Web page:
This is the reason why there is a bottle of Hibiki 30 Year sitting behind the main bar. In what could be considered a cruel joke to some, but further proving Desoblin’s commitment to the honor and understanding of rare spirits, the bottle’s purpose is simply to tease. The bottle is not for sale. Even as Desoblin gets more and more ridiculous offers for the bottle, he never wavers. The bottle, he says, is not for someone who doesn’t appreciate it and is simply trying to buy it to declare on social media that “they had it.” The bottle will likely get opened one day and be put to a different use in The Brandy Library’s other service they offer to their regular customers.
The Brandy Library hosts a number of educational classes every year called Spirit School Seminars, with the goal being to teach whiskey lovers of all levels more about the spirit. Unlike a traditional classroom, in this class you’re allowed and asked to drink during the class. There are introductory 101 level classes that go over the basics of whiskey, but as Desoblin is finding, more and more people are requesting and signing up for the higher level classes.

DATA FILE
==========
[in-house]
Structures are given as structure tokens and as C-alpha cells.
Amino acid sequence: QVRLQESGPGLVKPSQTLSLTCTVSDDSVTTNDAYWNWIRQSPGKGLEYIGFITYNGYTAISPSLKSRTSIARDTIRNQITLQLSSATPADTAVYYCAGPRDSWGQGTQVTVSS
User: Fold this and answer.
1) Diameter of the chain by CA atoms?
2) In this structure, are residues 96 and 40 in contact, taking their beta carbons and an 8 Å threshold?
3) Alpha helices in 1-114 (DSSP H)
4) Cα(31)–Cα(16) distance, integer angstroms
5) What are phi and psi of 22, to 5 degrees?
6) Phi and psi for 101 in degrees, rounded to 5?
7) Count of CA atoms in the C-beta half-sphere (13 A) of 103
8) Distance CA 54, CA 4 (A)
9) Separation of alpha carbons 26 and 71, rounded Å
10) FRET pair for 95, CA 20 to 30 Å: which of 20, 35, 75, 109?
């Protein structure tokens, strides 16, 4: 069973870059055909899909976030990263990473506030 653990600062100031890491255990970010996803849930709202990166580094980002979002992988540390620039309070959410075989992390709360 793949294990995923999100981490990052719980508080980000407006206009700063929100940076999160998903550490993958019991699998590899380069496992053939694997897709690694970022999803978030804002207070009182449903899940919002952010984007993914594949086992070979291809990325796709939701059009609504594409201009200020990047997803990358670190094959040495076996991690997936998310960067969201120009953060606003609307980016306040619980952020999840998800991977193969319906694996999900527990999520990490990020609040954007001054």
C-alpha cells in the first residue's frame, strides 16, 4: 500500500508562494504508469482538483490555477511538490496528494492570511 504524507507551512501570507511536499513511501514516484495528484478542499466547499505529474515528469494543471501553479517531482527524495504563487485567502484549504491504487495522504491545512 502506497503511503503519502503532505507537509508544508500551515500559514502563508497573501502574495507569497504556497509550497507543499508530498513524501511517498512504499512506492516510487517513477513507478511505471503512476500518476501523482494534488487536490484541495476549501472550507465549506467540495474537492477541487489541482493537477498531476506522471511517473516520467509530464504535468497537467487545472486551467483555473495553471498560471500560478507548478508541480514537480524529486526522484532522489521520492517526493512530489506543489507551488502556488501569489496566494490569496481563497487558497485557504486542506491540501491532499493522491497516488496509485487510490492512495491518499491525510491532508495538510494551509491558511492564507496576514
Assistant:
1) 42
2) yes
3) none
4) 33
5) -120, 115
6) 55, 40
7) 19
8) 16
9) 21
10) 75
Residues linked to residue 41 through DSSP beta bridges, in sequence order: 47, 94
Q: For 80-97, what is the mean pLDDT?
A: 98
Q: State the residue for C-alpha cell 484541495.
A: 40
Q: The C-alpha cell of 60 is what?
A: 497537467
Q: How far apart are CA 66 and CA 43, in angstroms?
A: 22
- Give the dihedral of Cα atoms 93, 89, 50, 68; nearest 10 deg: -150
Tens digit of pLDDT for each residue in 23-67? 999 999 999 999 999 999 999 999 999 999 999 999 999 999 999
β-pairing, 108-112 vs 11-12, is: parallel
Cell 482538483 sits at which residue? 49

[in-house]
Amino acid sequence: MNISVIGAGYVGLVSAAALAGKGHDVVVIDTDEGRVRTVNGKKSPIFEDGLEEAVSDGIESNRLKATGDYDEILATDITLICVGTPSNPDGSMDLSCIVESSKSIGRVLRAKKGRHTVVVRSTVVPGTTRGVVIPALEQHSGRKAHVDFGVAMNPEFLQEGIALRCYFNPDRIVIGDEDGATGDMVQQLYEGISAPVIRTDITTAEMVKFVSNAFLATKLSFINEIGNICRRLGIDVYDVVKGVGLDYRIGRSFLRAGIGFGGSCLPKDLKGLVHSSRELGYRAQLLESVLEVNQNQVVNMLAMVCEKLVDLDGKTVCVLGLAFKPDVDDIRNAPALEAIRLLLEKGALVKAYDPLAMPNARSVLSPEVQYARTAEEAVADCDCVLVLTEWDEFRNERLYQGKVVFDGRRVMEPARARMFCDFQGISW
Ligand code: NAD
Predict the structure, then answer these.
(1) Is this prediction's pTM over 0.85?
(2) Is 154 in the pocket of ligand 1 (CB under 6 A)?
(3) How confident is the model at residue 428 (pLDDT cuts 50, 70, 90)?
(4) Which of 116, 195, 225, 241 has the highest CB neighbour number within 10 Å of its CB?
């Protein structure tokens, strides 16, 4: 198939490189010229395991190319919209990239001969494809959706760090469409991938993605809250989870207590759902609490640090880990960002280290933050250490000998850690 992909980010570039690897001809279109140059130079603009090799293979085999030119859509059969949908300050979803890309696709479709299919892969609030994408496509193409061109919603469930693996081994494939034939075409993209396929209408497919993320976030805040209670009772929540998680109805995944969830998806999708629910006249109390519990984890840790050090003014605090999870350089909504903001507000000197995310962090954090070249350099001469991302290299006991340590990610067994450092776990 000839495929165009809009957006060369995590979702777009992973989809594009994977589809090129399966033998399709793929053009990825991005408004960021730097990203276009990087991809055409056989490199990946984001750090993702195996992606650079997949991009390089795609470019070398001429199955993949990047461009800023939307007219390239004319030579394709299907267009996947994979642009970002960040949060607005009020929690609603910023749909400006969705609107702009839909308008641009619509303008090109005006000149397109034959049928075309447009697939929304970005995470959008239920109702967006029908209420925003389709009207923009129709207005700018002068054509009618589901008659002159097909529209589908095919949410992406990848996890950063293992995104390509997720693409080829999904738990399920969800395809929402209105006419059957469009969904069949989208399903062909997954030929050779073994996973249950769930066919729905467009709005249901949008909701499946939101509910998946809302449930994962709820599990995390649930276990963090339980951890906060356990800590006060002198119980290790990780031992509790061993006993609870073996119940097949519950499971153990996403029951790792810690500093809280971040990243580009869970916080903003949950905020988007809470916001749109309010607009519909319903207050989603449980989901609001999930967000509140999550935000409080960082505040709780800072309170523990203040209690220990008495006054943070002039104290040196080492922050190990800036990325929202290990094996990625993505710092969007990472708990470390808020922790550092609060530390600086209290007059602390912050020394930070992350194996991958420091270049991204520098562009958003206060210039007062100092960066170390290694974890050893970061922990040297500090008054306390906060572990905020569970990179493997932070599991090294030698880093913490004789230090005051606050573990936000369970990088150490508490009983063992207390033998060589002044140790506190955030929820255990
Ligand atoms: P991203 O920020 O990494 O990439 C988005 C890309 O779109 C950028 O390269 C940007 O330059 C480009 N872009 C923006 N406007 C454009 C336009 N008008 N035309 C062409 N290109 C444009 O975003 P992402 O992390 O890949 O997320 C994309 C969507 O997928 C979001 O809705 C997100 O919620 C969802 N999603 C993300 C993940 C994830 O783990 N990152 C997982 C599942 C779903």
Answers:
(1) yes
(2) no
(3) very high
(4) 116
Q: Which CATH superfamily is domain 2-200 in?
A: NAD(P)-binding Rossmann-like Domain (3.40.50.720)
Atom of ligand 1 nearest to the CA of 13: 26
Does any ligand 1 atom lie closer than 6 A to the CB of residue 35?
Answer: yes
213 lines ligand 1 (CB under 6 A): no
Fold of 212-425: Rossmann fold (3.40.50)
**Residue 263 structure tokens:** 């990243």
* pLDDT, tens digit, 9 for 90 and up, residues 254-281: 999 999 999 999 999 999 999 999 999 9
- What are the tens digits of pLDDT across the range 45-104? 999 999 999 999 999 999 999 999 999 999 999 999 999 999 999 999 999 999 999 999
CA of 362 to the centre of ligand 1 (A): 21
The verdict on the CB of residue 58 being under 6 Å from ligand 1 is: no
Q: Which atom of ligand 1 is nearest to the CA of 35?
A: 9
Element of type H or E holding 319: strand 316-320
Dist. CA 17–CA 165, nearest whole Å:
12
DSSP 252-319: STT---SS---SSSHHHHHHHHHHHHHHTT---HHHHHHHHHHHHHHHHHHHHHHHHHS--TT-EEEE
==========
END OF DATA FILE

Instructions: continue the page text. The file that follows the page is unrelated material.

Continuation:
“This may sound pretentious but I know this because our customers keep telling us it, we’re still the only ones who bring the mix of real technical education and entertaining talks on spirits,” Desoblin says. “A class’s [whiskey] selection is based on variety, distinct points. It’s not just a neutral education. It’s also entertaining. We break down all the myth and all of the brand ambassador BS that they may have heard.”
In one class, Desoblin focuses on the importance of age statements in the world of whiskey and for bourbon in particular. As more and more whiskeys all over the world are losing their age statements at an increasing rate, Desoblin has his classes taste brands that once had statements versus their newer versions without them.